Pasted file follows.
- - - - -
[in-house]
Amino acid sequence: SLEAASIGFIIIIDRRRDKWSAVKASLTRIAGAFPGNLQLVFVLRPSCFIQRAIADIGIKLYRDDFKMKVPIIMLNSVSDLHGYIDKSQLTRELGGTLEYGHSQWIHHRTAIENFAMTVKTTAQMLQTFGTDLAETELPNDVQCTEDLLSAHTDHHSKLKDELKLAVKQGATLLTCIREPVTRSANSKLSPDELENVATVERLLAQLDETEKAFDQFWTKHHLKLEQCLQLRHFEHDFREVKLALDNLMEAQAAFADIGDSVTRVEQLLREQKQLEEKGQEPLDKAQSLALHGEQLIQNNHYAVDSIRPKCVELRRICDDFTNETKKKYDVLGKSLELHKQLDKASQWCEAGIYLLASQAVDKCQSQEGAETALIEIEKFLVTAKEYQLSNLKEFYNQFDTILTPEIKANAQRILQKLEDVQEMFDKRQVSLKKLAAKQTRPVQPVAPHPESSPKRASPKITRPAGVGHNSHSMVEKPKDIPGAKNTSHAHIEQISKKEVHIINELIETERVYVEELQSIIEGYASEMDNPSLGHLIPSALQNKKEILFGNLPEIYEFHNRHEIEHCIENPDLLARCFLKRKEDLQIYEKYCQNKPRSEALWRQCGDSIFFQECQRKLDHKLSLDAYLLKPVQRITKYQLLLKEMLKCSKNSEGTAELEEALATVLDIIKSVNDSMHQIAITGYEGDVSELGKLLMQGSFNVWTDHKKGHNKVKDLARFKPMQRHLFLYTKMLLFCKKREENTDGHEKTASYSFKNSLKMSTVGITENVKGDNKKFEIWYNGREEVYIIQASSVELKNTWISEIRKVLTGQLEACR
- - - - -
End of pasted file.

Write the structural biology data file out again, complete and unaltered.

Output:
[in-house]
Amino acid sequence: SLEAASIGFIIIIDRRRDKWSAVKASLTRIAGAFPGNLQLVFVLRPSCFIQRAIADIGIKLYRDDFKMKVPIIMLNSVSDLHGYIDKSQLTRELGGTLEYGHSQWIHHRTAIENFAMTVKTTAQMLQTFGTDLAETELPNDVQCTEDLLSAHTDHHSKLKDELKLAVKQGATLLTCIREPVTRSANSKLSPDELENVATVERLLAQLDETEKAFDQFWTKHHLKLEQCLQLRHFEHDFREVKLALDNLMEAQAAFADIGDSVTRVEQLLREQKQLEEKGQEPLDKAQSLALHGEQLIQNNHYAVDSIRPKCVELRRICDDFTNETKKKYDVLGKSLELHKQLDKASQWCEAGIYLLASQAVDKCQSQEGAETALIEIEKFLVTAKEYQLSNLKEFYNQFDTILTPEIKANAQRILQKLEDVQEMFDKRQVSLKKLAAKQTRPVQPVAPHPESSPKRASPKITRPAGVGHNSHSMVEKPKDIPGAKNTSHAHIEQISKKEVHIINELIETERVYVEELQSIIEGYASEMDNPSLGHLIPSALQNKKEILFGNLPEIYEFHNRHEIEHCIENPDLLARCFLKRKEDLQIYEKYCQNKPRSEALWRQCGDSIFFQECQRKLDHKLSLDAYLLKPVQRITKYQLLLKEMLKCSKNSEGTAELEEALATVLDIIKSVNDSMHQIAITGYEGDVSELGKLLMQGSFNVWTDHKKGHNKVKDLARFKPMQRHLFLYTKMLLFCKKREENTDGHEKTASYSFKNSLKMSTVGITENVKGDNKKFEIWYNGREEVYIIQASSVELKNTWISEIRKVLTGQLEACR